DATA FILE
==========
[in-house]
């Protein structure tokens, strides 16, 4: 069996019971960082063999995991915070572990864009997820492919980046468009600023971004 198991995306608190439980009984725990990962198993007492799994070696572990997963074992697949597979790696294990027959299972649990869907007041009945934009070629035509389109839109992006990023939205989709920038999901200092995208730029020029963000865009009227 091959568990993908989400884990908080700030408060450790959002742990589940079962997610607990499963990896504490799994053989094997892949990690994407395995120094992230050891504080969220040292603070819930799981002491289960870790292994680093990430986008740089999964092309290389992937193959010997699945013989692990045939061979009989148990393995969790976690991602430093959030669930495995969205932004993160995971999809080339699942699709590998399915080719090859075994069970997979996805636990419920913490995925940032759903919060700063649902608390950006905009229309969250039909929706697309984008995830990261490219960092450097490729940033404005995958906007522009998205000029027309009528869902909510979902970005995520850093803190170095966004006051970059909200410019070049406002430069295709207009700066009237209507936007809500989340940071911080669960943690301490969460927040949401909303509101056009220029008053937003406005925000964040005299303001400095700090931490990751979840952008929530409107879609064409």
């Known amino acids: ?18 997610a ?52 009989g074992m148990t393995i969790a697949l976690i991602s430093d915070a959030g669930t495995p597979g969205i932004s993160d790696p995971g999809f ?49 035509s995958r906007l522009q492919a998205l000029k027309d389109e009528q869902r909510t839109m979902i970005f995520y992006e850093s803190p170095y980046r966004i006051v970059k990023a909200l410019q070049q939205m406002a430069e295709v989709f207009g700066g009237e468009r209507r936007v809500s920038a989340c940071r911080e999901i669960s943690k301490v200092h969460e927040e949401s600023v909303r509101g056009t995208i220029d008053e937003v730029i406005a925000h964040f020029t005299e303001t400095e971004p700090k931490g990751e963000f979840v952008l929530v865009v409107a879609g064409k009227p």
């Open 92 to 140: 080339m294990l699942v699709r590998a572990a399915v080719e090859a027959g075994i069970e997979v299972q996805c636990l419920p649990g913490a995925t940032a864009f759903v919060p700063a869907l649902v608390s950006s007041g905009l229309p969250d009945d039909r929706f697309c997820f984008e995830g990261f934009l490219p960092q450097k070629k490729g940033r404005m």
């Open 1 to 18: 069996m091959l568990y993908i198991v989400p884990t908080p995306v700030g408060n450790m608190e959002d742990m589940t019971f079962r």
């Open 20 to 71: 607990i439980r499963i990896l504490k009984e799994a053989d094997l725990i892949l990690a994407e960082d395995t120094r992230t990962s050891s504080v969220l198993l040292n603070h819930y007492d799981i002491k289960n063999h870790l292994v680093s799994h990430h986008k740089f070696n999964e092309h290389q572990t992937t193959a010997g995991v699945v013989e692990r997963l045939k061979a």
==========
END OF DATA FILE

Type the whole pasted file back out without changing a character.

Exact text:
[in-house]
């Protein structure tokens, strides 16, 4: 069996019971960082063999995991915070572990864009997820492919980046468009600023971004 198991995306608190439980009984725990990962198993007492799994070696572990997963074992697949597979790696294990027959299972649990869907007041009945934009070629035509389109839109992006990023939205989709920038999901200092995208730029020029963000865009009227 091959568990993908989400884990908080700030408060450790959002742990589940079962997610607990499963990896504490799994053989094997892949990690994407395995120094992230050891504080969220040292603070819930799981002491289960870790292994680093990430986008740089999964092309290389992937193959010997699945013989692990045939061979009989148990393995969790976690991602430093959030669930495995969205932004993160995971999809080339699942699709590998399915080719090859075994069970997979996805636990419920913490995925940032759903919060700063649902608390950006905009229309969250039909929706697309984008995830990261490219960092450097490729940033404005995958906007522009998205000029027309009528869902909510979902970005995520850093803190170095966004006051970059909200410019070049406002430069295709207009700066009237209507936007809500989340940071911080669960943690301490969460927040949401909303509101056009220029008053937003406005925000964040005299303001400095700090931490990751979840952008929530409107879609064409």
């Known amino acids: ?18 997610a ?52 009989g074992m148990t393995i969790a697949l976690i991602s430093d915070a959030g669930t495995p597979g969205i932004s993160d790696p995971g999809f ?49 035509s995958r906007l522009q492919a998205l000029k027309d389109e009528q869902r909510t839109m979902i970005f995520y992006e850093s803190p170095y980046r966004i006051v970059k990023a909200l410019q070049q939205m406002a430069e295709v989709f207009g700066g009237e468009r209507r936007v809500s920038a989340c940071r911080e999901i669960s943690k301490v200092h969460e927040e949401s600023v909303r509101g056009t995208i220029d008053e937003v730029i406005a925000h964040f020029t005299e303001t400095e971004p700090k931490g990751e963000f979840v952008l929530v865009v409107a879609g064409k009227p």
């Open 92 to 140: 080339m294990l699942v699709r590998a572990a399915v080719e090859a027959g075994i069970e997979v299972q996805c636990l419920p649990g913490a995925t940032a864009f759903v919060p700063a869907l649902v608390s950006s007041g905009l229309p969250d009945d039909r929706f697309c997820f984008e995830g990261f934009l490219p960092q450097k070629k490729g940033r404005m």
């Open 1 to 18: 069996m091959l568990y993908i198991v989400p884990t908080p995306v700030g408060n450790m608190e959002d742990m589940t019971f079962r």
């Open 20 to 71: 607990i439980r499963i990896l504490k009984e799994a053989d094997l725990i892949l990690a994407e960082d395995t120094r992230t990962s050891s504080v969220l198993l040292n603070h819930y007492d799981i002491k289960n063999h870790l292994v680093s799994h990430h986008k740089f070696n999964e092309h290389q572990t992937t193959a010997g995991v699945v013989e692990r997963l045939k061979a």